But I wonder? Is this decrease in Indie sales due to authors being hard at work on their next novel? It’s a tough balancing act between doing what we do best, getting our work out to the world and staying at the top of the listings.

What do you think?

If you want to see the full report, go to the Source: http://authorearnings.com/report/may-2016-report/

Powerful Female Characters

After receiving a wonderful review from (Elionor Jones), I was particularly encouraged by her remarks about some of the female characters in Beyond The Pyre.

More on that later because according to the Readers Digest and I guess a sizable list of readers, the following female fictional characters are said to be among the best of all time. That’s quite a claim to make when I think of many others I have loved as I read their stories. Not to mention (well I will at the end of this article) a few of my own.

Elizabeth (aka Lizzie or Eliza) Bennett

Elizabeth Bennett is the witty protagonist from Jane Austen’s novel Pride and Prejudice. The second oldest of five daughters and, like the rest of her sisters, she’s not expected to marry for love, rather status and money. True to herself, she would rather stay single; a concept that was not generally acceptable at the time.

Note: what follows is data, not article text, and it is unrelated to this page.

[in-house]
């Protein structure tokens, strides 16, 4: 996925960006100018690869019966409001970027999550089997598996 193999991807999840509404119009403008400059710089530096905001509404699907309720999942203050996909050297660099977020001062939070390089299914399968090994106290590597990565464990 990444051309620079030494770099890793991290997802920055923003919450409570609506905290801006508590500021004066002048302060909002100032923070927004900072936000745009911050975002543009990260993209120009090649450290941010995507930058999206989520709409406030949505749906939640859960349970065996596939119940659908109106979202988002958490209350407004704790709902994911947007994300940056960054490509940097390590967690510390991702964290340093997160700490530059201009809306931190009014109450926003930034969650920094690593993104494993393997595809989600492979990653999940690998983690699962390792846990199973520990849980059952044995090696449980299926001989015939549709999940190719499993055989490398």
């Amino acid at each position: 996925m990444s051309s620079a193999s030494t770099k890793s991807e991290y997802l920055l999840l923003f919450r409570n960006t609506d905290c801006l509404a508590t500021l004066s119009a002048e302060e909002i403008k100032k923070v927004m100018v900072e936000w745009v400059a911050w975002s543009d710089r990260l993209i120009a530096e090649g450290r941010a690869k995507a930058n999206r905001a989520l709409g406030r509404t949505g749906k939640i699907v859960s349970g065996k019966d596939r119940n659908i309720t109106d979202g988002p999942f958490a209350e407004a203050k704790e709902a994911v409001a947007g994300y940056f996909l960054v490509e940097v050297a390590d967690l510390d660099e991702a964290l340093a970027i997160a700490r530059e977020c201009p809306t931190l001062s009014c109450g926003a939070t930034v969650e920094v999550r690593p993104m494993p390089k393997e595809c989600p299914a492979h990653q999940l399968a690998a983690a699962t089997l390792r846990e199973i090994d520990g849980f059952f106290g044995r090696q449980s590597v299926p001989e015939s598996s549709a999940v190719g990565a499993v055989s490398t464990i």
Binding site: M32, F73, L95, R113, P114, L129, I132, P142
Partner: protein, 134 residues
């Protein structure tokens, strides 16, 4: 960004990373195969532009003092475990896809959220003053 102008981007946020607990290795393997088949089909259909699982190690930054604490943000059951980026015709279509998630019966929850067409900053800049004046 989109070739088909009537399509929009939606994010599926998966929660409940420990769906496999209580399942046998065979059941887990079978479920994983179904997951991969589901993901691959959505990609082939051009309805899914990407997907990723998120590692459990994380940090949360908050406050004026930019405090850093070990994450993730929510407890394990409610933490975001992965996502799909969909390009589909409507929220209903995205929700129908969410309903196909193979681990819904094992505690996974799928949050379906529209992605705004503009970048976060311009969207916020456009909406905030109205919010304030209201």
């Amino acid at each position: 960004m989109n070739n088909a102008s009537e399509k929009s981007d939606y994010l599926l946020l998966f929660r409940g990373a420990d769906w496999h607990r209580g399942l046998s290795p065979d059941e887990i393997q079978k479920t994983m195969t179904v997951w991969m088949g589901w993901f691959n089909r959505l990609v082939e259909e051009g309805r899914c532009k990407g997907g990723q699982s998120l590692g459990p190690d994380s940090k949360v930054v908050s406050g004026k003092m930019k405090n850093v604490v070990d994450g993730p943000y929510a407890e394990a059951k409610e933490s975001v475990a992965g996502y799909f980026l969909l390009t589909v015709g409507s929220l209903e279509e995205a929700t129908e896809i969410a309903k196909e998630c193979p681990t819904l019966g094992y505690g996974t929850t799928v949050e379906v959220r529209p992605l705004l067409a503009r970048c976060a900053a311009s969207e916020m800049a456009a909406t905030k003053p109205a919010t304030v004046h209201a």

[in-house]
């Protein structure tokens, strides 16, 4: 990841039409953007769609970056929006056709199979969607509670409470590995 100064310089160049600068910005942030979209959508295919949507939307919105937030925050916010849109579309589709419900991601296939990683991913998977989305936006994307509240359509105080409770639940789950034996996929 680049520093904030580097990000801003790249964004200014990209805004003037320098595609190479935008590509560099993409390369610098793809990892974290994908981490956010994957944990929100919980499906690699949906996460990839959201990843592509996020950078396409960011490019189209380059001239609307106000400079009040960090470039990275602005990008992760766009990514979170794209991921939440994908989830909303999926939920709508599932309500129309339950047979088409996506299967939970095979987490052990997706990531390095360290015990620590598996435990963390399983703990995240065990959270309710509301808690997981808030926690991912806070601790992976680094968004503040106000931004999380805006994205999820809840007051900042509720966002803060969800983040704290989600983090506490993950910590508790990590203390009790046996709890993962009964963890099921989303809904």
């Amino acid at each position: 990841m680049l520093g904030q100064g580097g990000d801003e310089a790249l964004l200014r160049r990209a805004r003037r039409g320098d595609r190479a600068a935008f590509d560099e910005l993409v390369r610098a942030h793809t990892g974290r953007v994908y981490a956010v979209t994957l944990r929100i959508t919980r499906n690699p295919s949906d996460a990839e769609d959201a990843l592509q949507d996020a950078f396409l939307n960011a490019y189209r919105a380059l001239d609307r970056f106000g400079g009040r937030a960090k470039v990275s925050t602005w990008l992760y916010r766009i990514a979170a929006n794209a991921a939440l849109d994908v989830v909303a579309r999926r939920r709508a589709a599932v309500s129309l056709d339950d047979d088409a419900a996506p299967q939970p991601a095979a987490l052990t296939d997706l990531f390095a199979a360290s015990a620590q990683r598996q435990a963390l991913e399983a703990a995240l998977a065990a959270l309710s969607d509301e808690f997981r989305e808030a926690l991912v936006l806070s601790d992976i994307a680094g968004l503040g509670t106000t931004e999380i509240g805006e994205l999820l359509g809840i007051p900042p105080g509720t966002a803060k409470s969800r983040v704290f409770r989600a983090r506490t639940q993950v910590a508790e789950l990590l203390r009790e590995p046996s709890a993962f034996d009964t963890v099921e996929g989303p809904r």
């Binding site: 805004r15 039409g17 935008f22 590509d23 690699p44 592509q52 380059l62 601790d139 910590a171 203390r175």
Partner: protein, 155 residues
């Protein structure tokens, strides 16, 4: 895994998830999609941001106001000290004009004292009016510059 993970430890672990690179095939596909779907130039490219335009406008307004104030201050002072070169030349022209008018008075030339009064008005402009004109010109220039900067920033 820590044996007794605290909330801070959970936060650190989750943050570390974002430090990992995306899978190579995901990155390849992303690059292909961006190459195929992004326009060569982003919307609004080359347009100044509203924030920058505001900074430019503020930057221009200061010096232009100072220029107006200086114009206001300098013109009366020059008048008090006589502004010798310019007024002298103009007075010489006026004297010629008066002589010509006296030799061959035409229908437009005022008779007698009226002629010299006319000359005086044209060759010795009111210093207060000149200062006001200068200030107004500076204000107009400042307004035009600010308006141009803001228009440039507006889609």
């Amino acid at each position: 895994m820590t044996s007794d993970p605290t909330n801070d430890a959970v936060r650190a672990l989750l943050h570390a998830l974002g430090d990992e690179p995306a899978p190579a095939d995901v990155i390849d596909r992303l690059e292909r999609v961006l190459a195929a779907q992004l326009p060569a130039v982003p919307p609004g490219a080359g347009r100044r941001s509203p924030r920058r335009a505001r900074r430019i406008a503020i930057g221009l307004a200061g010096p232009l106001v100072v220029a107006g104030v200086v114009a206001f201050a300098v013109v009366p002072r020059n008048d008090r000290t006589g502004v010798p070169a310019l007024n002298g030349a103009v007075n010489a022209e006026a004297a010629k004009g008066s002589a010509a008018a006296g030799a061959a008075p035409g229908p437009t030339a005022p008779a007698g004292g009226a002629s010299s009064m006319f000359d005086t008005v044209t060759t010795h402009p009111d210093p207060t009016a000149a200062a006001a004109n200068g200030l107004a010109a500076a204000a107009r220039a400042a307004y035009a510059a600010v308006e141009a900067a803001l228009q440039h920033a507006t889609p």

Nancy Drew

Her debut was in the 1930s but she remains one of the most iconic female characters. Conceived by Edward Stratemeyer, Nancy Drew’s character was ground-breaking because she wasn’t simply a pretty sidekick to a leading male counterpart. Instead, the bold, physically strong, and fiercely intelligent Nancy used her superior intellect to solve mysteries.

Josephine (Jo) March

Jo is a second eldest daughter and a central focus in the novel Little Women, by Louisa May Alcott.  At 15, she is strong-willed, confident, and literary. Unlike her sisters, she is outspoken and uninterested in marriage. Jo struggles with and defies society’s expectations of how women in the 19th century should carry themselves, making her one of literature’s most daring female characters.